Watch as an ocean expedition off B.C.'s coast explores depths of 2,000 metres
Image of a fish from the livestream of Pacific Seamounts Expedition 2019.
An underwater expedition off B.C.'s coast reached its deepest dive on Monday, venturing to depths of 2,000 metres.
The journey is part of an expedition in partnership between Fisheries and Oceans Canada, Ocean Networks Canada and the Nuu-chah-nulth Nation. Over two weeks, a team of scientists will take a closer look at Explorer Seamount, which at over two thousand kilometres-squared is Canada's largest underwater volcano, according to DFO.
Monday's dive encountered some ocean ridges, deep sea sea urchins, corals, sponges, deep water fish and pillow lava.
While some corals photographed during the dive may have appeared white, scientists on board explained that could be due to the camera's bright lights.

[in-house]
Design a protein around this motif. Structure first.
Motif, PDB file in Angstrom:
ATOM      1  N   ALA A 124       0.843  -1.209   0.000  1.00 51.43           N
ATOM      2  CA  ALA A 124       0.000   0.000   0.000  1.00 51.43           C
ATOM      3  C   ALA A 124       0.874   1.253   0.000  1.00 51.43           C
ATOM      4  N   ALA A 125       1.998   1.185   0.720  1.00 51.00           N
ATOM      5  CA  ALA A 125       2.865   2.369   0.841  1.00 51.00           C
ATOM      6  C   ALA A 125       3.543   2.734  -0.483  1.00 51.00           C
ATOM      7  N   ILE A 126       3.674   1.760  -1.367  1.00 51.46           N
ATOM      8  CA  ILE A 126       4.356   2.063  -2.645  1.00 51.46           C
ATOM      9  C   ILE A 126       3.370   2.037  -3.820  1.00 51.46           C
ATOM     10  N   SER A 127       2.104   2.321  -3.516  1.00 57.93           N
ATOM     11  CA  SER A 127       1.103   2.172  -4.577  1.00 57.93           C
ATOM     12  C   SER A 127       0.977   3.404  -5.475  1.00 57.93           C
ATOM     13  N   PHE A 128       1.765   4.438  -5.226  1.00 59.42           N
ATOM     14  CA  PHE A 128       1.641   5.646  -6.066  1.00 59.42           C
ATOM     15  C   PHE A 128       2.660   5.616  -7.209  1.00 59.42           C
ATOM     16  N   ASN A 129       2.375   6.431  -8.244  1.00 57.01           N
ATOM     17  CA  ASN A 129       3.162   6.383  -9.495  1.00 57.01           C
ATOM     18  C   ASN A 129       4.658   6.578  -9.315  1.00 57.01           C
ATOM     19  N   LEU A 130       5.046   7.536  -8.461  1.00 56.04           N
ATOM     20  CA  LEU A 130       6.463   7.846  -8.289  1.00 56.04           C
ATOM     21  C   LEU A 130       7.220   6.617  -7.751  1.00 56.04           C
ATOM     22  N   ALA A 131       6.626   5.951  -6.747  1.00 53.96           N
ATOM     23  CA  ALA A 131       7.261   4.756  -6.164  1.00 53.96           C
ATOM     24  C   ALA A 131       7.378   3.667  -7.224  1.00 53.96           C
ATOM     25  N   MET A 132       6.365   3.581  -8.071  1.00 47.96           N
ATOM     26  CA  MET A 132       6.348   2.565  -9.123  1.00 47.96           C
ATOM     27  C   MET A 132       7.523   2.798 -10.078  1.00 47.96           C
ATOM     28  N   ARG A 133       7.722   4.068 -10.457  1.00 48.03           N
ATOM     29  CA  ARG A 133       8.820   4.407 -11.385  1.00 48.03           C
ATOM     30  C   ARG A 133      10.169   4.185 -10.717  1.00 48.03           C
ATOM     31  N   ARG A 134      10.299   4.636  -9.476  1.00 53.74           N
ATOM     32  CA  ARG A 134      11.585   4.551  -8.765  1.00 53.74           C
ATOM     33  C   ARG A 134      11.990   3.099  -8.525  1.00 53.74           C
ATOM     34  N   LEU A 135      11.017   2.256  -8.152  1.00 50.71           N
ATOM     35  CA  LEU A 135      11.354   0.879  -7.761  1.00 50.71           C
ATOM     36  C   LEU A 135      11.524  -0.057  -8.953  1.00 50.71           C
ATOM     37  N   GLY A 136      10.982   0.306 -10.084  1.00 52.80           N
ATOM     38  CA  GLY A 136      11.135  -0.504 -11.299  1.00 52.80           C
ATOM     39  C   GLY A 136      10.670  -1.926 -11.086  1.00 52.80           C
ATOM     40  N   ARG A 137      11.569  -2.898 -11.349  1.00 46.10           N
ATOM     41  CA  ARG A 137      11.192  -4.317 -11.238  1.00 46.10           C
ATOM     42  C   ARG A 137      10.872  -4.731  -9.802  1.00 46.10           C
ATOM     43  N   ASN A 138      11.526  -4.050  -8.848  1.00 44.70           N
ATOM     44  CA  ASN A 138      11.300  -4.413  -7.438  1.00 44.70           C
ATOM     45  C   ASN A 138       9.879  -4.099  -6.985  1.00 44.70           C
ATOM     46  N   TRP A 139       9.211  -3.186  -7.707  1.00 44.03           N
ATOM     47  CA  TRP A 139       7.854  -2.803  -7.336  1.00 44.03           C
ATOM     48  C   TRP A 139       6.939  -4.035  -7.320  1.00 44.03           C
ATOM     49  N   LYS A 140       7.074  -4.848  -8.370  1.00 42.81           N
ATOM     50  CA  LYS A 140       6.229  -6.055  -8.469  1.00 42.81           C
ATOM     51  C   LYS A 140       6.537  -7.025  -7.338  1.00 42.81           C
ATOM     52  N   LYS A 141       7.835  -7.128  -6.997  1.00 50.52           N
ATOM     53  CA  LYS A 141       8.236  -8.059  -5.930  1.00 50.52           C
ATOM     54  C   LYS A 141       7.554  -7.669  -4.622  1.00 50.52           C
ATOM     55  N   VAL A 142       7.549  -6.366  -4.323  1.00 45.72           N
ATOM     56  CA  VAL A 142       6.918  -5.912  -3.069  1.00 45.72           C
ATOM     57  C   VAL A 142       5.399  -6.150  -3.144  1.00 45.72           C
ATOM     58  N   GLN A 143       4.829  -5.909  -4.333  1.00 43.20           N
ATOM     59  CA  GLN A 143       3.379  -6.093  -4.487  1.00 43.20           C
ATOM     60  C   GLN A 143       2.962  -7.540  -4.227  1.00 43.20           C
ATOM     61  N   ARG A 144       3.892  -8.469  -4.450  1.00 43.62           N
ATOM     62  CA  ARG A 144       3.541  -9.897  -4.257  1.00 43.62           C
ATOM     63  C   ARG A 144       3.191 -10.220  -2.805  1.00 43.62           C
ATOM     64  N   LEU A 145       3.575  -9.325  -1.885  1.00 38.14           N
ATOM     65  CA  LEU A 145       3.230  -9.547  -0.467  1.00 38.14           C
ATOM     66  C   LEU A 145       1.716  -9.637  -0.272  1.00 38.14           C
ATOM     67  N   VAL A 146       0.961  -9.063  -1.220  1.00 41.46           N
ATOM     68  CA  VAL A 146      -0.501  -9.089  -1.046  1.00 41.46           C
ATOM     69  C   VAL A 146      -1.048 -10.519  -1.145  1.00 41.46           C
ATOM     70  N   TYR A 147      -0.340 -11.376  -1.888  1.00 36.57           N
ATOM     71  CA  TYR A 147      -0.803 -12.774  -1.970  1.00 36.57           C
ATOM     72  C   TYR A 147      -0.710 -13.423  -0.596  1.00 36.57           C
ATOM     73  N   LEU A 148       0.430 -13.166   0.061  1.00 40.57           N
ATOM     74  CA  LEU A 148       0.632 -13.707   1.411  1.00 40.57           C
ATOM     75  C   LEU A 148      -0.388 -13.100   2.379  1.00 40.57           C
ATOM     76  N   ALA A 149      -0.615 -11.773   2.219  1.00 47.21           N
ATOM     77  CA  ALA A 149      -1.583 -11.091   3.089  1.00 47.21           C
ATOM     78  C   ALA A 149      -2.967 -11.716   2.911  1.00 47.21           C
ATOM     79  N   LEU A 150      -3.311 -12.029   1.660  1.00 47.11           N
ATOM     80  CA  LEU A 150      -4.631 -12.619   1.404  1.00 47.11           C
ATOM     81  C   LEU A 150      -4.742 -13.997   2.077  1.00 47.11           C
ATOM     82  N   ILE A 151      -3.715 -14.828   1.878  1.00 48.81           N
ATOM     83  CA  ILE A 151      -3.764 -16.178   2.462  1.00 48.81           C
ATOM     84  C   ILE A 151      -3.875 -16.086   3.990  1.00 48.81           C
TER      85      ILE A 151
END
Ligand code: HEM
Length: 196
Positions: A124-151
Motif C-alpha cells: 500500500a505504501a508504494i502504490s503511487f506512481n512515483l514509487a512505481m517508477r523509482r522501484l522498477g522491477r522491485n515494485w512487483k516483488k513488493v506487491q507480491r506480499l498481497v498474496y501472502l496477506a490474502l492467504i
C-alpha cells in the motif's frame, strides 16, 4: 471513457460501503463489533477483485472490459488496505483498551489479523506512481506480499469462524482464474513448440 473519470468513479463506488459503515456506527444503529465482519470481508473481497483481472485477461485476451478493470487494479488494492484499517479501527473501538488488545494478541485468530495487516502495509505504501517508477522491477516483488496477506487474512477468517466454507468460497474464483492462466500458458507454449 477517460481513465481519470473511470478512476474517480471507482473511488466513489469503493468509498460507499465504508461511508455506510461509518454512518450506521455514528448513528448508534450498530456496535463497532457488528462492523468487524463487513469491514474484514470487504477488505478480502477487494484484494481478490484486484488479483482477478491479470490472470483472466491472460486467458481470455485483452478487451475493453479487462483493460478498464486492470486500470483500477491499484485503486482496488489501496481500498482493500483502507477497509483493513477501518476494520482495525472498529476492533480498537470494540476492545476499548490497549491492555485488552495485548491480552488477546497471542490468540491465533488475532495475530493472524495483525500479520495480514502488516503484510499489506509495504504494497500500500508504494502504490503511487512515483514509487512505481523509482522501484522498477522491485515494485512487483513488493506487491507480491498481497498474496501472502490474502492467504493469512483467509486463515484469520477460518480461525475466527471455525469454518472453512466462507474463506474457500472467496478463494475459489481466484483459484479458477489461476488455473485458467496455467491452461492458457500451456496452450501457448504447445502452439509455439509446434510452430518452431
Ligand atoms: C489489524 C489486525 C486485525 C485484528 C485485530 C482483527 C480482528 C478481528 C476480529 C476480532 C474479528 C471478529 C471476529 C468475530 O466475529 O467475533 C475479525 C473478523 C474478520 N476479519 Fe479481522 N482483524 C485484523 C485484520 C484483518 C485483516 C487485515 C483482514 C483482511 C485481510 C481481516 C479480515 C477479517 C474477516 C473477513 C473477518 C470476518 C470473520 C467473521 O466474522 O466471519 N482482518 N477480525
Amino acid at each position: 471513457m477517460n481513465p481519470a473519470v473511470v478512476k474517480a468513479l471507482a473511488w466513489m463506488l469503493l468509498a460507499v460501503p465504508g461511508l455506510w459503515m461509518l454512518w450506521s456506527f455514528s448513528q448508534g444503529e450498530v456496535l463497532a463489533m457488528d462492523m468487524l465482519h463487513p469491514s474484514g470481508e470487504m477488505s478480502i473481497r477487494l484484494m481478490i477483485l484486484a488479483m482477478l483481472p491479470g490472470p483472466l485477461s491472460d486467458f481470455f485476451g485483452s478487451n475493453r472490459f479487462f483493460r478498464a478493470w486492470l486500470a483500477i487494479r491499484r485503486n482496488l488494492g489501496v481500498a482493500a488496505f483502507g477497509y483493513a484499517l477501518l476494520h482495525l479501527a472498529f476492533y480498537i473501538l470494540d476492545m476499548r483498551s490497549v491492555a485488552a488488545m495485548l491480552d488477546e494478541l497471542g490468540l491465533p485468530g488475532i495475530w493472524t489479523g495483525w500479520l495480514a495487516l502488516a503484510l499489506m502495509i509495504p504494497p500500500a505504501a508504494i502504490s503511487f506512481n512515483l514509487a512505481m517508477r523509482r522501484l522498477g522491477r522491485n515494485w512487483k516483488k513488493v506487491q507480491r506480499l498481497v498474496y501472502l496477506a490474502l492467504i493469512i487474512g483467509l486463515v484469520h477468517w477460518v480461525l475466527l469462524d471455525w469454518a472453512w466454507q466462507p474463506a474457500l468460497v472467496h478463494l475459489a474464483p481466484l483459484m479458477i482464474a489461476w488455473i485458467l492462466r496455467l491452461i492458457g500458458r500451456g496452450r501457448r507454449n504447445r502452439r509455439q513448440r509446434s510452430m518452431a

Along the course of its two-week trip, the crew has livestreamed footage, bringing ocean enthusiasts a closer look at resident animals, animal habitats, biodiversity, volcanic sediments, any human impacts and newly discovered seamounts.
In Monday's dive and in future dives, viewers will also have a chance to direct questions to the scientists on the journey.
In 2017, DFO identified a location off the coast of B.C. as an "area of interest," particularly because of its seafloor features, ecosystems and hydrothermal vents. The July expedition continues from where a 2018 trip left off, when underwater species were discovered in that region.
On this trip, the team is using a high-resolution drop camera with flood lights and sensors. The camera can be controlled from the ship and reach depths of 2,000 meters while delivering real-time images and ocean data.
The team is completing daily dives between 7 a.m. to 7 p.m. which can be watched on Pacific Seamounts Expedition's livestreaming page.
All images captured from the Pacific Seamounts livestream on Monday, July 22.